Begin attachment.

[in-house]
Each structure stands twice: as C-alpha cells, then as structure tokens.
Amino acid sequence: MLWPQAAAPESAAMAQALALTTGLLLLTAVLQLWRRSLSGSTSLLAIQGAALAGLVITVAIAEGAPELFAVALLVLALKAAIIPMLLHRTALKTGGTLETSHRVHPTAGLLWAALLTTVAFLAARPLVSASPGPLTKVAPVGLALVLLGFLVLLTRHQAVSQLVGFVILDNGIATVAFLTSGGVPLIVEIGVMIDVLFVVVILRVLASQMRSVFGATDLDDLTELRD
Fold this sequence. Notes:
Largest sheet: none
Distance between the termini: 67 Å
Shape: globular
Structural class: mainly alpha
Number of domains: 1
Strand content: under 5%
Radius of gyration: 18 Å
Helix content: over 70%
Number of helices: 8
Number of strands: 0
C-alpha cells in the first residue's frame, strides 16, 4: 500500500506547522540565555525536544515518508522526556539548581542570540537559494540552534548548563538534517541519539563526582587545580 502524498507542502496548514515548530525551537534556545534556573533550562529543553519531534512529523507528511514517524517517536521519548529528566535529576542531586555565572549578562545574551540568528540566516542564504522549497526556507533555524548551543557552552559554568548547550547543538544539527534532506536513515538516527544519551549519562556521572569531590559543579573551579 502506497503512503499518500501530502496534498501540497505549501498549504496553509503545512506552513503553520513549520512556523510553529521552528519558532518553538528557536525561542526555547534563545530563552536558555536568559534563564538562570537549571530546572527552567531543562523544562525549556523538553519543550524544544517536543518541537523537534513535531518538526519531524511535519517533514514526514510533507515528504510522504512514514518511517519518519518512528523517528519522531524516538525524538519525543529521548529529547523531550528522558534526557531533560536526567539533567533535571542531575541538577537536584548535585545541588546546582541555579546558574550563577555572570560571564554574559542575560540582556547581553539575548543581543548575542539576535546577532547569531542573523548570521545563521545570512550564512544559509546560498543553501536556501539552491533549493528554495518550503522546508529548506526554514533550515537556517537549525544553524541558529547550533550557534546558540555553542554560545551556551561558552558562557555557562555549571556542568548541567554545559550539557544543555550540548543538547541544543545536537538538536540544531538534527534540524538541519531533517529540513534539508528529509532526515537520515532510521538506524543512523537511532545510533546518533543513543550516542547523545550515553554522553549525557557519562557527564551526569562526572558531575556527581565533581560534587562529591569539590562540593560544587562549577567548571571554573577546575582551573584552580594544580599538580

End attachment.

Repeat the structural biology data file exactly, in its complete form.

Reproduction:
[in-house]
Each structure stands twice: as C-alpha cells, then as structure tokens.
Amino acid sequence: MLWPQAAAPESAAMAQALALTTGLLLLTAVLQLWRRSLSGSTSLLAIQGAALAGLVITVAIAEGAPELFAVALLVLALKAAIIPMLLHRTALKTGGTLETSHRVHPTAGLLWAALLTTVAFLAARPLVSASPGPLTKVAPVGLALVLLGFLVLLTRHQAVSQLVGFVILDNGIATVAFLTSGGVPLIVEIGVMIDVLFVVVILRVLASQMRSVFGATDLDDLTELRD
Fold this sequence. Notes:
Largest sheet: none
Distance between the termini: 67 Å
Shape: globular
Structural class: mainly alpha
Number of domains: 1
Strand content: under 5%
Radius of gyration: 18 Å
Helix content: over 70%
Number of helices: 8
Number of strands: 0
C-alpha cells in the first residue's frame, strides 16, 4: 500500500506547522540565555525536544515518508522526556539548581542570540537559494540552534548548563538534517541519539563526582587545580 502524498507542502496548514515548530525551537534556545534556573533550562529543553519531534512529523507528511514517524517517536521519548529528566535529576542531586555565572549578562545574551540568528540566516542564504522549497526556507533555524548551543557552552559554568548547550547543538544539527534532506536513515538516527544519551549519562556521572569531590559543579573551579 502506497503512503499518500501530502496534498501540497505549501498549504496553509503545512506552513503553520513549520512556523510553529521552528519558532518553538528557536525561542526555547534563545530563552536558555536568559534563564538562570537549571530546572527552567531543562523544562525549556523538553519543550524544544517536543518541537523537534513535531518538526519531524511535519517533514514526514510533507515528504510522504512514514518511517519518519518512528523517528519522531524516538525524538519525543529521548529529547523531550528522558534526557531533560536526567539533567533535571542531575541538577537536584548535585545541588546546582541555579546558574550563577555572570560571564554574559542575560540582556547581553539575548543581543548575542539576535546577532547569531542573523548570521545563521545570512550564512544559509546560498543553501536556501539552491533549493528554495518550503522546508529548506526554514533550515537556517537549525544553524541558529547550533550557534546558540555553542554560545551556551561558552558562557555557562555549571556542568548541567554545559550539557544543555550540548543538547541544543545536537538538536540544531538534527534540524538541519531533517529540513534539508528529509532526515537520515532510521538506524543512523537511532545510533546518533543513543550516542547523545550515553554522553549525557557519562557527564551526569562526572558531575556527581565533581560534587562529591569539590562540593560544587562549577567548571571554573577546575582551573584552580594544580599538580